Netflix is focused on offering its subscribers great content and welcomes competition despite its recent user growth challenges, Anne Mensah, vp, original series at Netflix in London since early 2019, said at the Edinburgh TV Festival on Thursday.

“This is a company that is founded on resilience and innovation,” she said when asked about recent subscriber declines and rising competition from various sector players. “The whole industry is facing headwinds. … This is a tricky time for all of us.” She then mentioned high inflation and the cost of living crisis in Britain, concluding: “The people that we need to serve, we need to make sure that they absolutely 100 percent value what we are doing.”

She argued that “that is what we do” every day and also welcomed “competition” as “the best thing” and “amazing.” Mensah even praised the likes of the BBC, Disney+ and Paramount+ for their programming output.

She was asked about the trickle-down effect of Netflix’s subscriber declines in the first half of 2022 but said she doesn’t like that word, because it suggests problems. “Netflix doesn’t do ‘from above’,” she also said when asked if higher-ups are mandating cuts and major changes. “It is well documented that we have had changes within the company, but this is all about focusing on making sure that we are making the best content… . Netflix is a terribly transparent company, … and we are focused on working together on making great shows, and we are here for the long run.”

She also highlighted that her team is currently working with such great British talent as Guy Ritchie, on a series based on the film The Gentlemen, and trusts these creatives, joking that she won’t tell Ritchie what to do.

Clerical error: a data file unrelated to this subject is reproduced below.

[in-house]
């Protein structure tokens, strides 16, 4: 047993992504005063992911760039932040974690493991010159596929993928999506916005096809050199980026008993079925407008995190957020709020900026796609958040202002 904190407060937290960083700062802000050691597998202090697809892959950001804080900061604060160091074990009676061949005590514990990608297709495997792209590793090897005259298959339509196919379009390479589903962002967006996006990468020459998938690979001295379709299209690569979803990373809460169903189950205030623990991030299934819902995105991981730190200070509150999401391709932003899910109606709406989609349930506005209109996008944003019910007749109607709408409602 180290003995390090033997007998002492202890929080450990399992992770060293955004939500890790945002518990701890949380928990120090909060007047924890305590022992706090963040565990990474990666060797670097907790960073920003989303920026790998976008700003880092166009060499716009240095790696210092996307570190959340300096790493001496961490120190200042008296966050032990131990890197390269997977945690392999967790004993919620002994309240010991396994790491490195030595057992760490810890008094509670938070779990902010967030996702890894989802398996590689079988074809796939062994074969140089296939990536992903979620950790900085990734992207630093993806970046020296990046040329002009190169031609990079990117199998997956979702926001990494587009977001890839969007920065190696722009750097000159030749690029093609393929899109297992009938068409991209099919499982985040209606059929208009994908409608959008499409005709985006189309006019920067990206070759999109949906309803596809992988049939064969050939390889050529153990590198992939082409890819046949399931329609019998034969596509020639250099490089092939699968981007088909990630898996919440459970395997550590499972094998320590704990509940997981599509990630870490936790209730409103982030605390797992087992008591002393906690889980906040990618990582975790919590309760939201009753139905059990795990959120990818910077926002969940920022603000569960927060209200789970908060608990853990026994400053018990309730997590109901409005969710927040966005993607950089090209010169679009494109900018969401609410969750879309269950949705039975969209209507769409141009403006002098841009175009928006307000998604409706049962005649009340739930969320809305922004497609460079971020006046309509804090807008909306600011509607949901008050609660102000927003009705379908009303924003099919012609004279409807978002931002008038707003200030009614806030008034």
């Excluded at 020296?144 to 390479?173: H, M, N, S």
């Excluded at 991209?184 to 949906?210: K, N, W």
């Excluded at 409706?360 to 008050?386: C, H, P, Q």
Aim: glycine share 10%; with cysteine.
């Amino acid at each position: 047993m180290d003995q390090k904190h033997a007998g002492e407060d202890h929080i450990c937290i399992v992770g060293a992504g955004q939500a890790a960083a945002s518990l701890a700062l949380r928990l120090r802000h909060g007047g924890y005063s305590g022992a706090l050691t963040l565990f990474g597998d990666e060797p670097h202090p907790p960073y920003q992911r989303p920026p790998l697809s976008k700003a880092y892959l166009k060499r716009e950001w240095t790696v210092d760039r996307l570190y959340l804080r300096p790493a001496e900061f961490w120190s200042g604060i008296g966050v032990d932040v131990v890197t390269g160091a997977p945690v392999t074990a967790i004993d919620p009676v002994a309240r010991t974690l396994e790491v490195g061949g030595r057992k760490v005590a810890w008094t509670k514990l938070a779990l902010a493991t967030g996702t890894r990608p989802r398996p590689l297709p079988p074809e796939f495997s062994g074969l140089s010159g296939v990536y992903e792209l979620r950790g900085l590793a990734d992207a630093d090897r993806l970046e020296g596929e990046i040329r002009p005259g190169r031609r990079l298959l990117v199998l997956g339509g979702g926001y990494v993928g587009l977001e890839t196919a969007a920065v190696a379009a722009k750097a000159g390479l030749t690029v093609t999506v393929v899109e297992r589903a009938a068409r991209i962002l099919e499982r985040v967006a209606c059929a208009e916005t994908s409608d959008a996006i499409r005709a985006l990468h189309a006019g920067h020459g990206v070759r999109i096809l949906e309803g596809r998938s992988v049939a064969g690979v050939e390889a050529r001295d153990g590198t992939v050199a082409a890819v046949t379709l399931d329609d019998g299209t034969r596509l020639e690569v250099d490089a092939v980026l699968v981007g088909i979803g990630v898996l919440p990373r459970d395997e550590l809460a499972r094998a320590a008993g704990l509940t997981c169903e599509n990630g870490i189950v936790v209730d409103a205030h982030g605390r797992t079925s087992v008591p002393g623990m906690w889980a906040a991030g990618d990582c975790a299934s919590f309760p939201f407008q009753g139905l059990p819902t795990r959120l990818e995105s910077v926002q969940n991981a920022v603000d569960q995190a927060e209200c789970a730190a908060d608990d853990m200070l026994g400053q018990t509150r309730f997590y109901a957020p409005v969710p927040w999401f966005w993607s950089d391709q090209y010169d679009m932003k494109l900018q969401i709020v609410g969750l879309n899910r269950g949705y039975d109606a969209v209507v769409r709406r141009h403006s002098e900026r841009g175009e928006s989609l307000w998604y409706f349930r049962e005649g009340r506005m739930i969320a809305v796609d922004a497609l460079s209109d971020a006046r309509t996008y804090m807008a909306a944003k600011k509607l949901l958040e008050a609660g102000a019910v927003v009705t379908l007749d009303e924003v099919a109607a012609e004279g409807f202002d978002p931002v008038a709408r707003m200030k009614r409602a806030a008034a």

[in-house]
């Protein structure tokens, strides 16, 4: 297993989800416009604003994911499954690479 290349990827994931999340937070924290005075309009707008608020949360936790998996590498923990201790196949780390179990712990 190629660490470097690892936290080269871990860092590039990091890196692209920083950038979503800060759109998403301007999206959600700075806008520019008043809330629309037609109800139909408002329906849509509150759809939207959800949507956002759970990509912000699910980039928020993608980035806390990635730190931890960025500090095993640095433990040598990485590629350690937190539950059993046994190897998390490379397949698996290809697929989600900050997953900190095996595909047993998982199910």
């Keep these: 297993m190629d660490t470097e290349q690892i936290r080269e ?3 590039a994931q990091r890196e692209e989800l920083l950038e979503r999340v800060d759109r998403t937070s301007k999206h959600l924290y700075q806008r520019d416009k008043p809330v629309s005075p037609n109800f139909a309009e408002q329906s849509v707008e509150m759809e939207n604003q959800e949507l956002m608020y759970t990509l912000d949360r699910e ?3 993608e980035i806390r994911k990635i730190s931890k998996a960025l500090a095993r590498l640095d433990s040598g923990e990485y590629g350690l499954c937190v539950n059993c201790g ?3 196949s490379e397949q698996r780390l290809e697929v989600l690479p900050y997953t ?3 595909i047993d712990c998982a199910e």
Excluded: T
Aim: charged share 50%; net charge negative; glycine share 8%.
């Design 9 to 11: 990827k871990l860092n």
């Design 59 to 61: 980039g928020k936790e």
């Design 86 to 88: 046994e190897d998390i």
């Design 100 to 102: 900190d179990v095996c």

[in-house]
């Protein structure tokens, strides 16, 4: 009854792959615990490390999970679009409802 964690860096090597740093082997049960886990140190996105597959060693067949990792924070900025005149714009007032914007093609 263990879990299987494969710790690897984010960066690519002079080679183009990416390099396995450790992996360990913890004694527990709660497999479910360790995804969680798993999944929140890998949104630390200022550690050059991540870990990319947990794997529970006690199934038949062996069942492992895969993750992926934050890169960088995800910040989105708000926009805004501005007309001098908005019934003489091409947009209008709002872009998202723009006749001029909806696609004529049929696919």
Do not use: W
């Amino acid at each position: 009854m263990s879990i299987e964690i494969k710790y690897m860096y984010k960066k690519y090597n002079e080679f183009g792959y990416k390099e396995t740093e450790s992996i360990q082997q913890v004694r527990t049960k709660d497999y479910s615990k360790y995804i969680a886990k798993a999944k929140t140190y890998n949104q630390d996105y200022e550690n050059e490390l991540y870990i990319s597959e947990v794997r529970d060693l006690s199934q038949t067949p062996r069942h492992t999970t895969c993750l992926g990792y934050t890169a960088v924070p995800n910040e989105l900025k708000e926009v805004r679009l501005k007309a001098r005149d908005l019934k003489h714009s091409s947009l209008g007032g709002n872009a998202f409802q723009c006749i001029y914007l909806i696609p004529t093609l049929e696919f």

The executive also mentioned such U.K. programming as the recently commissioned series Baby Reindeer, based on the successful Edinburgh Fringe play written by Richard Gadd.

Questioned if Netflix was looking for more reboots after the success of Queer Eye, Mensah said her team is always open to hearing all ideas. Asked about her interest in creatives without a certain level of experiences, Mensah simply said: “If you haven’t done a show at the level that you are pitching us at before, then Netflix is not the right place for it. We don’t want to set you up for failure.”

Her comments came as the global streaming giant has been looking to put a challenging first half of 2022 behind it, with two back-to-back quarters of subscriber declines. For the current third quarter, management has said it expects to return to growth to the tune of 1 million subscribers despite rising inflation and fears of a recession in various parts of the world, which poses the risks of more price-sensitive consumers dropping streaming subscriptions.

Netflix has also signaled that its annual content spending would stay around the $17 billion level and that the company would release its advertising-supported, cheaper subscription tier “around the early part of 2023.” It is also looking at how to crack down on password sharing, with Wall Street analysts keeping a close eye on those developments at a time when streaming profitability and average revenue per user become more important than pure subscriber growth.

Mensah was joined in her appearance by colleagues Ben Kelly, director, unscripted series, U.K.; Johnny Taylor, director, documentary films, Europe, Middle East and Africa; and Nelesh Dhand, manager, original documentary series. With the company’s unscripted team in Britain looking to expand originals and pursuing a localization strategy that now sees European content account for 30 percent of programming on the streamer in the U.K., they answered questions on what Netflix wants and needs from producers.

Mensah is a former director of drama at Sky U.K. and former head of independent drama at the BBC. She has commissioned such dramas as Patrick Melrose, starring Benedict Cumberbatch, for Sky/Showtime and Sky/HBO series Chernobyl

At last year’s Edinburgh fest, Mensah and her team said their diversity strategy was focused on showing rather than telling. “The thing that people aren’t really cracking necessarily, but that we are really leaning into, is actually making sure we have diversity in our creators,” she said. “I have been commissioning long enough to know that the systemic problems in the industry surround us all.” Mensah back then concluded: “Hopefully, the change will be onscreen in the next year, two years.”

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